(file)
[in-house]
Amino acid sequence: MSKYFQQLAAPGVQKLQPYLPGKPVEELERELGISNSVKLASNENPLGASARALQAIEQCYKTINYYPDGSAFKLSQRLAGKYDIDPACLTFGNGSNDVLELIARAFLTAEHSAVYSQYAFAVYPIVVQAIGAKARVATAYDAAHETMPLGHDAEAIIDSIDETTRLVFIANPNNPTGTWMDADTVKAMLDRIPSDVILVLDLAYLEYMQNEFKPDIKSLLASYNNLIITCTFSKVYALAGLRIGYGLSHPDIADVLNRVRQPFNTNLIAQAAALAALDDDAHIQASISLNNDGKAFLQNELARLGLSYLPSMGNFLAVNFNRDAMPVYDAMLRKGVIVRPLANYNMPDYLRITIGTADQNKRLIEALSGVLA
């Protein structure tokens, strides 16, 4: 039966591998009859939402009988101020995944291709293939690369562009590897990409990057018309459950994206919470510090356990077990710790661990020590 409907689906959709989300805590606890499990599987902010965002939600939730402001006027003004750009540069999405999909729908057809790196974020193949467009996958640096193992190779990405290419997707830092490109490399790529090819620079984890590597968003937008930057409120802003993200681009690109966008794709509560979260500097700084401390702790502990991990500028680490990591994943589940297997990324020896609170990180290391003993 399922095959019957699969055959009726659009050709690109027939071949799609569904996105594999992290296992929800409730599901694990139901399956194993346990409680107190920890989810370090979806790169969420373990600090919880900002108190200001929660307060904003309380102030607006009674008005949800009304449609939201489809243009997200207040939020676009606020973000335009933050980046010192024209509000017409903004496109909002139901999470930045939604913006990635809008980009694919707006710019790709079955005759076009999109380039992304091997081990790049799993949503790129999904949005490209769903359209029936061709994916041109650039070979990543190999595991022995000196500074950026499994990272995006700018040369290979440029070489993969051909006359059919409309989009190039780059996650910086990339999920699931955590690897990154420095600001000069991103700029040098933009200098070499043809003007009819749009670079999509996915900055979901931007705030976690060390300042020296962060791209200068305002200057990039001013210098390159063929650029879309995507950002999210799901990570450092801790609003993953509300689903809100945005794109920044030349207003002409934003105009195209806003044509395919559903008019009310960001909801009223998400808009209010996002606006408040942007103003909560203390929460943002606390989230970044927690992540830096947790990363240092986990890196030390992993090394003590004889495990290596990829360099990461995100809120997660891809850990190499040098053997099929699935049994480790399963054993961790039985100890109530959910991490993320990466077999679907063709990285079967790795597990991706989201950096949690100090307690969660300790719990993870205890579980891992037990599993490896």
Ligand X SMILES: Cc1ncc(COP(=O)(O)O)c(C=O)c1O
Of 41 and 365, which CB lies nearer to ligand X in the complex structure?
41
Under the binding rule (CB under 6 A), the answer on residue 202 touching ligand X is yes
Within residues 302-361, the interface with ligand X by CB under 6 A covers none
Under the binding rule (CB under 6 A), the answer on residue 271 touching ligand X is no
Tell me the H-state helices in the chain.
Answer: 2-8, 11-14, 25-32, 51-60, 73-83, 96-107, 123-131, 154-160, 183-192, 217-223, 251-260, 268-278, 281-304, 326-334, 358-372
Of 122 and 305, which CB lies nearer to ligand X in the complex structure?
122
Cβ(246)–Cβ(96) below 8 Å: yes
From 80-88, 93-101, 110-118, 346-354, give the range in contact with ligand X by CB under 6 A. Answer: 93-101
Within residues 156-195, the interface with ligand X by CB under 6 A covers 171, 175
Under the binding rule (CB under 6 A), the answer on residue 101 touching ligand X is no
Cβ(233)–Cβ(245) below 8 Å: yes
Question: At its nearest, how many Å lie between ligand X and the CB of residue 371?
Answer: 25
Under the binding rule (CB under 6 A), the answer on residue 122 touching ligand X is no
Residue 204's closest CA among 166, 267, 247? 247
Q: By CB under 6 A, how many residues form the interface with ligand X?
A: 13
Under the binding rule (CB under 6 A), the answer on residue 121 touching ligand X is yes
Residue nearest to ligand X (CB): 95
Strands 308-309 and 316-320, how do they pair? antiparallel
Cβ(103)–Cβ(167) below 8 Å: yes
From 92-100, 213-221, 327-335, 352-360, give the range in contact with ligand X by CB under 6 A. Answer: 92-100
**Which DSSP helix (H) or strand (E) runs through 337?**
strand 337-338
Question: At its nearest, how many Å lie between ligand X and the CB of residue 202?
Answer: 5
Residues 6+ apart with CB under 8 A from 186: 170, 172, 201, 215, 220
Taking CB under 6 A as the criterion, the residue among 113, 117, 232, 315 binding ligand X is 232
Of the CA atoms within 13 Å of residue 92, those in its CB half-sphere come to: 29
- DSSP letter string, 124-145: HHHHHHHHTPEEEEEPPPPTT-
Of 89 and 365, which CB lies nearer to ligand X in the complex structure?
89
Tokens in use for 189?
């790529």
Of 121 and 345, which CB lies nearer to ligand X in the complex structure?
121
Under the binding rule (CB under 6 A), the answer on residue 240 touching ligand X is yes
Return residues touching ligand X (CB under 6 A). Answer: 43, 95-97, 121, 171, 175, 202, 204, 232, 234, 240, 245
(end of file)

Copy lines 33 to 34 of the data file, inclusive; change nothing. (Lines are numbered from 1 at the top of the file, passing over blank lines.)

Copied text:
Answer: 5
Residues 6+ apart with CB under 8 A from 186: 170, 172, 201, 215, 220